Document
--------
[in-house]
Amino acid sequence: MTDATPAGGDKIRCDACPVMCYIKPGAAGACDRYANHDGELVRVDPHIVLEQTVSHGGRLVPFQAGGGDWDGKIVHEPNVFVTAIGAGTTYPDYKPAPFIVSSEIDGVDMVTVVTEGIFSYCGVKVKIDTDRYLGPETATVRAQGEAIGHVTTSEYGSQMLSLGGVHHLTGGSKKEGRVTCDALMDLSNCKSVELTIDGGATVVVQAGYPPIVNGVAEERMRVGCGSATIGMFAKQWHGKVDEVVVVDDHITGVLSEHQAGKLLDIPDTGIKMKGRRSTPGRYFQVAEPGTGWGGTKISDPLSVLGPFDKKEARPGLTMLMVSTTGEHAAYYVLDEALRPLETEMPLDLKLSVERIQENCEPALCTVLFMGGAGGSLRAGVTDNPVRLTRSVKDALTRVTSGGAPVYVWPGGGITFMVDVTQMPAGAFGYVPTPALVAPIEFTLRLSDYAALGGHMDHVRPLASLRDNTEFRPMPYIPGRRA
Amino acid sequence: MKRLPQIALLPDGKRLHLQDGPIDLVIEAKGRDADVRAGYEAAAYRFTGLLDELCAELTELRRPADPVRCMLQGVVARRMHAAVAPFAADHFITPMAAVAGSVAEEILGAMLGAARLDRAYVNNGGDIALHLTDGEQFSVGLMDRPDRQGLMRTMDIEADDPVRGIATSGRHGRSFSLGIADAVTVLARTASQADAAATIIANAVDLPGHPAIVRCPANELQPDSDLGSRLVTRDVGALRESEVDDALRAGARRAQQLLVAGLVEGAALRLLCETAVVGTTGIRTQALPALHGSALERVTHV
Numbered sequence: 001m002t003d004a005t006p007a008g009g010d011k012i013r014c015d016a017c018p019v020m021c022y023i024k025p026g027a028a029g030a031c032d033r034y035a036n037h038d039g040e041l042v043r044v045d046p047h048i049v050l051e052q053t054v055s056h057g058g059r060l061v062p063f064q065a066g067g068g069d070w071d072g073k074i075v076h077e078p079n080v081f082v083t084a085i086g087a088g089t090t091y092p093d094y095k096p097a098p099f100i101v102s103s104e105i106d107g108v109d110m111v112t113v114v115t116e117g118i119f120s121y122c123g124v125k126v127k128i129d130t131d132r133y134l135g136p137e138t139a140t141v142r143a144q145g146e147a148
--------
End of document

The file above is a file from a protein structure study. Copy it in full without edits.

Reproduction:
[in-house]
Amino acid sequence: MTDATPAGGDKIRCDACPVMCYIKPGAAGACDRYANHDGELVRVDPHIVLEQTVSHGGRLVPFQAGGGDWDGKIVHEPNVFVTAIGAGTTYPDYKPAPFIVSSEIDGVDMVTVVTEGIFSYCGVKVKIDTDRYLGPETATVRAQGEAIGHVTTSEYGSQMLSLGGVHHLTGGSKKEGRVTCDALMDLSNCKSVELTIDGGATVVVQAGYPPIVNGVAEERMRVGCGSATIGMFAKQWHGKVDEVVVVDDHITGVLSEHQAGKLLDIPDTGIKMKGRRSTPGRYFQVAEPGTGWGGTKISDPLSVLGPFDKKEARPGLTMLMVSTTGEHAAYYVLDEALRPLETEMPLDLKLSVERIQENCEPALCTVLFMGGAGGSLRAGVTDNPVRLTRSVKDALTRVTSGGAPVYVWPGGGITFMVDVTQMPAGAFGYVPTPALVAPIEFTLRLSDYAALGGHMDHVRPLASLRDNTEFRPMPYIPGRRA
Amino acid sequence: MKRLPQIALLPDGKRLHLQDGPIDLVIEAKGRDADVRAGYEAAAYRFTGLLDELCAELTELRRPADPVRCMLQGVVARRMHAAVAPFAADHFITPMAAVAGSVAEEILGAMLGAARLDRAYVNNGGDIALHLTDGEQFSVGLMDRPDRQGLMRTMDIEADDPVRGIATSGRHGRSFSLGIADAVTVLARTASQADAAATIIANAVDLPGHPAIVRCPANELQPDSDLGSRLVTRDVGALRESEVDDALRAGARRAQQLLVAGLVEGAALRLLCETAVVGTTGIRTQALPALHGSALERVTHV
Numbered sequence: 001m002t003d004a005t006p007a008g009g010d011k012i013r014c015d016a017c018p019v020m021c022y023i024k025p026g027a028a029g030a031c032d033r034y035a036n037h038d039g040e041l042v043r044v045d046p047h048i049v050l051e052q053t054v055s056h057g058g059r060l061v062p063f064q065a066g067g068g069d070w071d072g073k074i075v076h077e078p079n080v081f082v083t084a085i086g087a088g089t090t091y092p093d094y095k096p097a098p099f100i101v102s103s104e105i106d107g108v109d110m111v112t113v114v115t116e117g118i119f120s121y122c123g124v125k126v127k128i129d130t131d132r133y134l135g136p137e138t139a140t141v142r143a144q145g146e147a148